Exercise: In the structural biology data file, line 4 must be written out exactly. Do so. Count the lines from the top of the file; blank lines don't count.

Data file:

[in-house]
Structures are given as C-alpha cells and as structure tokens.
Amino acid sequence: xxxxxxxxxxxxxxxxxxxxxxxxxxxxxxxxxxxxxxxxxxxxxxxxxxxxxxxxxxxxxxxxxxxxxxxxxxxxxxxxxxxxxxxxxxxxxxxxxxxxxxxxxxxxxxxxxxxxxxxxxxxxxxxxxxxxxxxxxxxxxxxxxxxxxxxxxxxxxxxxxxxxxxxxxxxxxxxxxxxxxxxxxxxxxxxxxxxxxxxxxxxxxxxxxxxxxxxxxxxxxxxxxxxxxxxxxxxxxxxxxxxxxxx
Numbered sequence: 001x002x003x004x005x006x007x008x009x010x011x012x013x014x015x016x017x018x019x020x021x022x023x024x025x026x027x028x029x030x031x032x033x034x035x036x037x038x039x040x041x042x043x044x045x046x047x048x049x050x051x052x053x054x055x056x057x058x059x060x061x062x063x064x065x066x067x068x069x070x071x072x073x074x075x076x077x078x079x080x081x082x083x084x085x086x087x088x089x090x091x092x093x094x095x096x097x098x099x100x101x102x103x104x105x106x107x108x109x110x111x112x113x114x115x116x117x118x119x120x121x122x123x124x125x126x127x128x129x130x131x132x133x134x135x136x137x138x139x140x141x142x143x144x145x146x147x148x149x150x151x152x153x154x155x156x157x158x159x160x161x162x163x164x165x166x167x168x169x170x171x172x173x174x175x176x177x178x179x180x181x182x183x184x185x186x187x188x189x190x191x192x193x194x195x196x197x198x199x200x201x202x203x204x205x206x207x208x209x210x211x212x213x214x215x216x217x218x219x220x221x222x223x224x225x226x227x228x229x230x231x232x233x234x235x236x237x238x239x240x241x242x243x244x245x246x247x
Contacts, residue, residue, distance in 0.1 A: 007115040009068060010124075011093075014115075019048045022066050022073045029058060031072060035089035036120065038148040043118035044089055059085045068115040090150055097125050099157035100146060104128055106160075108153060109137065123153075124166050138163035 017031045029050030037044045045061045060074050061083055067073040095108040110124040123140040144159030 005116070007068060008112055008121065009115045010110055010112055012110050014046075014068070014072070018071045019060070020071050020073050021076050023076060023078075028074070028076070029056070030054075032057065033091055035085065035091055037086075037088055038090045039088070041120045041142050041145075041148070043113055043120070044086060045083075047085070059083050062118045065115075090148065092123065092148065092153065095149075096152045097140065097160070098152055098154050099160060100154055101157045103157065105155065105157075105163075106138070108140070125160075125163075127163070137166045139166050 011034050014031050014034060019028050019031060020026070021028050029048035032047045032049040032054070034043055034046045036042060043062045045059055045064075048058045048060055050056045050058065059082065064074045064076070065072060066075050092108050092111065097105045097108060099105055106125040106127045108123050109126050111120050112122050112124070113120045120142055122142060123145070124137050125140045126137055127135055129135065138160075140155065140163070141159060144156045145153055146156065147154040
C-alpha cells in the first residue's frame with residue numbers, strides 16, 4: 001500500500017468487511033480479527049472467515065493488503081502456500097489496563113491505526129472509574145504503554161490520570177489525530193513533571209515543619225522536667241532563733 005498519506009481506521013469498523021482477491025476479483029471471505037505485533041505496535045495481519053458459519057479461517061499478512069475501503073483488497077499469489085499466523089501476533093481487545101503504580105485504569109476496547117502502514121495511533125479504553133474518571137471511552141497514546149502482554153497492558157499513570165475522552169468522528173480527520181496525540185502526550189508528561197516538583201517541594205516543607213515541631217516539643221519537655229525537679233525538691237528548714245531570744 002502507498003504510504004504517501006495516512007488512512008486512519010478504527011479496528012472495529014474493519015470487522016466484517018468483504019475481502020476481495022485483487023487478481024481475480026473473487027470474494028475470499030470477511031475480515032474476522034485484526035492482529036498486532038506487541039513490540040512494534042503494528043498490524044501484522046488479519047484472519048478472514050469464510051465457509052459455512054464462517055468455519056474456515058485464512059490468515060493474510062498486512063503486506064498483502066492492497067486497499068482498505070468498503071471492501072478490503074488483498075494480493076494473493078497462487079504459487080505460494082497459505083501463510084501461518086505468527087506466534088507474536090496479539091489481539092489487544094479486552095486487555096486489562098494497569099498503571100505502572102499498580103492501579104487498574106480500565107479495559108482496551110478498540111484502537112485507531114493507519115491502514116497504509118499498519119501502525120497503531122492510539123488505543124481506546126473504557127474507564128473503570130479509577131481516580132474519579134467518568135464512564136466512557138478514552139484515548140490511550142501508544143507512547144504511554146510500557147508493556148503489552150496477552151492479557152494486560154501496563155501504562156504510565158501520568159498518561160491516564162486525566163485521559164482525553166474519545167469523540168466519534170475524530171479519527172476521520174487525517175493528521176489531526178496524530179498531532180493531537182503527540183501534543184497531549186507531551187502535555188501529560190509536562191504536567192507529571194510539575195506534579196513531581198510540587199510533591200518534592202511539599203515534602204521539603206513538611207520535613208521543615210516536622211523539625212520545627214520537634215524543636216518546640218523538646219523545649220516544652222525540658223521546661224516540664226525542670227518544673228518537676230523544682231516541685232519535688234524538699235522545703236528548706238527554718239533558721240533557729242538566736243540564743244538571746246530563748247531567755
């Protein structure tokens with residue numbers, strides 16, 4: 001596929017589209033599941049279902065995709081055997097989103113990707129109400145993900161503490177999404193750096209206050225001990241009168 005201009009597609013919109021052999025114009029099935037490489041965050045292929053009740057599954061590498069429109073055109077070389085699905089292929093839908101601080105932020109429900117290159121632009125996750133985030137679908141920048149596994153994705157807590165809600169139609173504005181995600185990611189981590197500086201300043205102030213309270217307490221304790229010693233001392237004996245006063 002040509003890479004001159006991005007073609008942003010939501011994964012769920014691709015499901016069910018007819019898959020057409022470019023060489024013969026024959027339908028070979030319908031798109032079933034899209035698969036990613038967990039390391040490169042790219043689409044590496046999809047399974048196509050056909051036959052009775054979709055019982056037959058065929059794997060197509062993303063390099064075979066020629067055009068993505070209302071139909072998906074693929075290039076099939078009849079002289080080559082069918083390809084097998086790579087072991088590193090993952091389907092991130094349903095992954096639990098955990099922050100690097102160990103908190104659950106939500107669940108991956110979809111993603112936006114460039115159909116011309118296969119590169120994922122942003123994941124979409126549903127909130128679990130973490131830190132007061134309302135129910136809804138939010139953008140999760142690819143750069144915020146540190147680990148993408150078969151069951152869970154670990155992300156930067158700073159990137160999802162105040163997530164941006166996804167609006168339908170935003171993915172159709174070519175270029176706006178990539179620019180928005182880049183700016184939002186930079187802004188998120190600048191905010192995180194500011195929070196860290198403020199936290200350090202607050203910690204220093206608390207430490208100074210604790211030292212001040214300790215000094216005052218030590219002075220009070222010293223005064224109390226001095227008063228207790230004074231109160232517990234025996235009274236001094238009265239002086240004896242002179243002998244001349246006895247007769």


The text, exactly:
Numbered sequence: 001x002x003x004x005x006x007x008x009x010x011x012x013x014x015x016x017x018x019x020x021x022x023x024x025x026x027x028x029x030x031x032x033x034x035x036x037x038x039x040x041x042x043x044x045x046x047x048x049x050x051x052x053x054x055x056x057x058x059x060x061x062x063x064x065x066x067x068x069x070x071x072x073x074x075x076x077x078x079x080x081x082x083x084x085x086x087x088x089x090x091x092x093x094x095x096x097x098x099x100x101x102x103x104x105x106x107x108x109x110x111x112x113x114x115x116x117x118x119x120x121x122x123x124x125x126x127x128x129x130x131x132x133x134x135x136x137x138x139x140x141x142x143x144x145x146x147x148x149x150x151x152x153x154x155x156x157x158x159x160x161x162x163x164x165x166x167x168x169x170x171x172x173x174x175x176x177x178x179x180x181x182x183x184x185x186x187x188x189x190x191x192x193x194x195x196x197x198x199x200x201x202x203x204x205x206x207x208x209x210x211x212x213x214x215x216x217x218x219x220x221x222x223x224x225x226x227x228x229x230x231x232x233x234x235x236x237x238x239x240x241x242x243x244x245x246x247x